Formula 1

Red Bull Racing protest Mercedes Dual-Axis Steering

1 Mins read
Credit: Daimler AG / LAT Images

After Mercedes-AMG Petronas Formula One Team swept both practice sessions in Austria, the Aston Martin Red Bull Racing team have launched an official protest against Mercedes’ over the legality of the Dual-Axis Steering (DAS) system.

Mercedes initially debut the system at pre-season testing which Red Bull immediately question the legitimacy of with Dr. Helmut Marko saying, “If your actively adjusting the ‘camber’ while driving, the contact surface of the tyres with the asphalt changes. The height of the car to the road surface is therefore changed, even if this is by a very small amount” 

Red Bull originally planned to launch this protest in Melbourne however with the Australian Grand Prix’s late cancellation the team couldn’t submit their complaints to the FIA. 

Red Bull has now moved to make sure DAS is 110% legal; the FIA has now confirmed the formal protest made by the team against both cars driven by Lewis Hamilton and Valtteri Bottas, after drivers were seen to be using DAS on their cars through practice as Mercedes swept the field to a 1-2 finish in both sessions.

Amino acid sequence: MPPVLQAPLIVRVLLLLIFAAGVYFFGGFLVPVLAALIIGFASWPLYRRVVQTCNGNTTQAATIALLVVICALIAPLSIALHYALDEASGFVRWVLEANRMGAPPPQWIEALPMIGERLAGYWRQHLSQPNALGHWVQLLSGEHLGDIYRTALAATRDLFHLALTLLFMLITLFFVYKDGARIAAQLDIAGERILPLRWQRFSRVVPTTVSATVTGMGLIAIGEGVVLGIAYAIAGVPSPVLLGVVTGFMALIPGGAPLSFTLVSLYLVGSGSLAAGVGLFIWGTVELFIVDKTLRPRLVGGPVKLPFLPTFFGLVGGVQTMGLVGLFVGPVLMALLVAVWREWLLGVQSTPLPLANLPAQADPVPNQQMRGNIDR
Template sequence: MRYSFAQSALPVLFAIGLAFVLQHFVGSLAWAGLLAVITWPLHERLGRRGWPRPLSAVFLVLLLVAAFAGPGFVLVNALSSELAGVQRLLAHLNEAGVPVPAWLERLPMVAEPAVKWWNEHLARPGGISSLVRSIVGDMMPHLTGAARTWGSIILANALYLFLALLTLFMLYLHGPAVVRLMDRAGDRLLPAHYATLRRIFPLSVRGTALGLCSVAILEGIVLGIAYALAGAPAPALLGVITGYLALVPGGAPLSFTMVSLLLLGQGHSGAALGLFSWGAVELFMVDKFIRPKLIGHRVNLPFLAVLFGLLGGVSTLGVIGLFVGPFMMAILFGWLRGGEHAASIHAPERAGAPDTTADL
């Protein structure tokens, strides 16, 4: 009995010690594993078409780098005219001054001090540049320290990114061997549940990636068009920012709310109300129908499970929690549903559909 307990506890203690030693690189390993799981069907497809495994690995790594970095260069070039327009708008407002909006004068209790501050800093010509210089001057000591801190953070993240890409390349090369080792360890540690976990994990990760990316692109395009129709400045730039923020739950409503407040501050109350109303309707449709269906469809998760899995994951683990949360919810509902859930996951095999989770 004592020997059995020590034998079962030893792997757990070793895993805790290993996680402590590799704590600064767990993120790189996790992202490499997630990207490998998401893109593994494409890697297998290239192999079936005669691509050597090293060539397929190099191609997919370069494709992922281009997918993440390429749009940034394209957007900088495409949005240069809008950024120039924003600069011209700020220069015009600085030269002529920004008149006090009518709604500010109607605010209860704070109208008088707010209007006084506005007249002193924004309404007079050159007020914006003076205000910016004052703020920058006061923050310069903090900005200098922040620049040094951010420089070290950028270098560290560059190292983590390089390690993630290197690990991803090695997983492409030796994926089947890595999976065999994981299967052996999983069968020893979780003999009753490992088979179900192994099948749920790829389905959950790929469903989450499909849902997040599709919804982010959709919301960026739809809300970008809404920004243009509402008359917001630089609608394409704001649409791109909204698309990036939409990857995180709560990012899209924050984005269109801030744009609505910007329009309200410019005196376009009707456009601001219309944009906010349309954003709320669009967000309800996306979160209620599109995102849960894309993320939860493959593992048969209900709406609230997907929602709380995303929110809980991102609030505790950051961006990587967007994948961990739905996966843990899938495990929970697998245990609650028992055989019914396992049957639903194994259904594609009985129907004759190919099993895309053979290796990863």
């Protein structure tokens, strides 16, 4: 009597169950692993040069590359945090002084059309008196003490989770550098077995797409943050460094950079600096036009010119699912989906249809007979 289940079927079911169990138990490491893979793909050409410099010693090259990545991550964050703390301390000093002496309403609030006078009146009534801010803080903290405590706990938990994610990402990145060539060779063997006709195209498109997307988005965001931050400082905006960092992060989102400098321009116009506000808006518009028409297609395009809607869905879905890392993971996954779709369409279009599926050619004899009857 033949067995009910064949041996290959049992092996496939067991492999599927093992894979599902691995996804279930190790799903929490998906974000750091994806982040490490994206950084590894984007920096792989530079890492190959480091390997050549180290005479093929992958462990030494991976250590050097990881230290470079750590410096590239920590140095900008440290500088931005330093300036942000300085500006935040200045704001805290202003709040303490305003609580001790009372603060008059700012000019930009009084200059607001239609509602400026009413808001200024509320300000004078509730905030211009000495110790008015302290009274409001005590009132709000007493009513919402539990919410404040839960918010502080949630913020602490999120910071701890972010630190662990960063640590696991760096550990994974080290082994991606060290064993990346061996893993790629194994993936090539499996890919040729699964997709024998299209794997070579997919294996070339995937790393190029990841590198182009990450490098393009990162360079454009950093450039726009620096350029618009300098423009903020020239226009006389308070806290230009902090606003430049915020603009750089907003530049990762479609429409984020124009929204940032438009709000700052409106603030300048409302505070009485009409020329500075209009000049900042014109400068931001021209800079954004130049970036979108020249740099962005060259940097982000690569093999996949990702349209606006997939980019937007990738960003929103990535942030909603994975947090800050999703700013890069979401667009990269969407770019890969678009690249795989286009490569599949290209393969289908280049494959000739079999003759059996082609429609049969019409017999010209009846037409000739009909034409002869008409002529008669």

The two constructors will meet the FIA stewards, with the alleged breach being Articles 3.8 and 10.2.3 of the technical regulations, with the latter being the expected grounds of protest relating to the suspension of the car.

Article 10.2.3 reads that “no adjustment may be made to any suspension system while the car is in motion.”

Article 3.8 of the regulations explain aerodynamic influence stating that “any specific part of the car influencing its aerodynamic performance must comply with the rules relating to bodywork” and “must be rigidly secured to the entirely sprung part of the car (rigidly secured means not having any degree of freedom). With the exception of the driver-adjustable bodywork described in Article 3.6.8 (in addition to minimal parts solely associated with its actuation) and the parts described in Articles 11.4, 11.5 and 11.6, any specific part of the car influencing its aerodynamic performance must remain immobile in relation to the sprung part of the car.”

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